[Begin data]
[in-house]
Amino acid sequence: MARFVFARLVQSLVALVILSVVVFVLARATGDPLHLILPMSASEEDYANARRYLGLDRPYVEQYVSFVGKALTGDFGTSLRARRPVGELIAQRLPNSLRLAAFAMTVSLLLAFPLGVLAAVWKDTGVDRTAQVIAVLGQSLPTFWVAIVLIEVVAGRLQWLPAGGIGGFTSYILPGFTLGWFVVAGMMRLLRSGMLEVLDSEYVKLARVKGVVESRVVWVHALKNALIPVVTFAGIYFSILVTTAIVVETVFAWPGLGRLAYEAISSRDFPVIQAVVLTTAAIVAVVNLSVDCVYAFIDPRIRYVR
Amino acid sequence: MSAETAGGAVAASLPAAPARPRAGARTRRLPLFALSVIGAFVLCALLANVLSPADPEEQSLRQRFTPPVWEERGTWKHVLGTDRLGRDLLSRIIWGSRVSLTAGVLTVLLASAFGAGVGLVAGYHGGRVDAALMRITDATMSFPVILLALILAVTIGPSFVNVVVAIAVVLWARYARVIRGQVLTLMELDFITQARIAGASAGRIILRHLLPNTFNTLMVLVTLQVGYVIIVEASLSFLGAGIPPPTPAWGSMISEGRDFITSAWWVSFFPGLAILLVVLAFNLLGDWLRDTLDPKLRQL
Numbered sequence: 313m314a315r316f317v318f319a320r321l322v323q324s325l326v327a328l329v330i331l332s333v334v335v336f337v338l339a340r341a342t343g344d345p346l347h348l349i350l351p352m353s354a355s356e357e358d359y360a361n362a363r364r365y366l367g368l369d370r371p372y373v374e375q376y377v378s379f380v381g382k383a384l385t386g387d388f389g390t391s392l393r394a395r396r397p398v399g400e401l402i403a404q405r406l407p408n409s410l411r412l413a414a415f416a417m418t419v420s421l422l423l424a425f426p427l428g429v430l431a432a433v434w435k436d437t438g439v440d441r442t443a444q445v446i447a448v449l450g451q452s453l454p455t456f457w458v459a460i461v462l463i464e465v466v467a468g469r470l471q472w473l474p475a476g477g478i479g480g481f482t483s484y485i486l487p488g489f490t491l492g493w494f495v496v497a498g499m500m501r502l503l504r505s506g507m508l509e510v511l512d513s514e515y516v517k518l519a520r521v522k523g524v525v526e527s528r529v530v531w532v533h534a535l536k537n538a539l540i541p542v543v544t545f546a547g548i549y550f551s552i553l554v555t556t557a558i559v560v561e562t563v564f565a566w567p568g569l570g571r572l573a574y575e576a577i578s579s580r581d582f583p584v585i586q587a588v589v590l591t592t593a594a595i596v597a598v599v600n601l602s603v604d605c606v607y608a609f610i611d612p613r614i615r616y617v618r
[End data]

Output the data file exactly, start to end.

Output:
[in-house]
Amino acid sequence: MARFVFARLVQSLVALVILSVVVFVLARATGDPLHLILPMSASEEDYANARRYLGLDRPYVEQYVSFVGKALTGDFGTSLRARRPVGELIAQRLPNSLRLAAFAMTVSLLLAFPLGVLAAVWKDTGVDRTAQVIAVLGQSLPTFWVAIVLIEVVAGRLQWLPAGGIGGFTSYILPGFTLGWFVVAGMMRLLRSGMLEVLDSEYVKLARVKGVVESRVVWVHALKNALIPVVTFAGIYFSILVTTAIVVETVFAWPGLGRLAYEAISSRDFPVIQAVVLTTAAIVAVVNLSVDCVYAFIDPRIRYVR
Amino acid sequence: MSAETAGGAVAASLPAAPARPRAGARTRRLPLFALSVIGAFVLCALLANVLSPADPEEQSLRQRFTPPVWEERGTWKHVLGTDRLGRDLLSRIIWGSRVSLTAGVLTVLLASAFGAGVGLVAGYHGGRVDAALMRITDATMSFPVILLALILAVTIGPSFVNVVVAIAVVLWARYARVIRGQVLTLMELDFITQARIAGASAGRIILRHLLPNTFNTLMVLVTLQVGYVIIVEASLSFLGAGIPPPTPAWGSMISEGRDFITSAWWVSFFPGLAILLVVLAFNLLGDWLRDTLDPKLRQL
Numbered sequence: 313m314a315r316f317v318f319a320r321l322v323q324s325l326v327a328l329v330i331l332s333v334v335v336f337v338l339a340r341a342t343g344d345p346l347h348l349i350l351p352m353s354a355s356e357e358d359y360a361n362a363r364r365y366l367g368l369d370r371p372y373v374e375q376y377v378s379f380v381g382k383a384l385t386g387d388f389g390t391s392l393r394a395r396r397p398v399g400e401l402i403a404q405r406l407p408n409s410l411r412l413a414a415f416a417m418t419v420s421l422l423l424a425f426p427l428g429v430l431a432a433v434w435k436d437t438g439v440d441r442t443a444q445v446i447a448v449l450g451q452s453l454p455t456f457w458v459a460i461v462l463i464e465v466v467a468g469r470l471q472w473l474p475a476g477g478i479g480g481f482t483s484y485i486l487p488g489f490t491l492g493w494f495v496v497a498g499m500m501r502l503l504r505s506g507m508l509e510v511l512d513s514e515y516v517k518l519a520r521v522k523g524v525v526e527s528r529v530v531w532v533h534a535l536k537n538a539l540i541p542v543v544t545f546a547g548i549y550f551s552i553l554v555t556t557a558i559v560v561e562t563v564f565a566w567p568g569l570g571r572l573a574y575e576a577i578s579s580r581d582f583p584v585i586q587a588v589v590l591t592t593a594a595i596v597a598v599v600n601l602s603v604d605c606v607y608a609f610i611d612p613r614i615r616y617v618r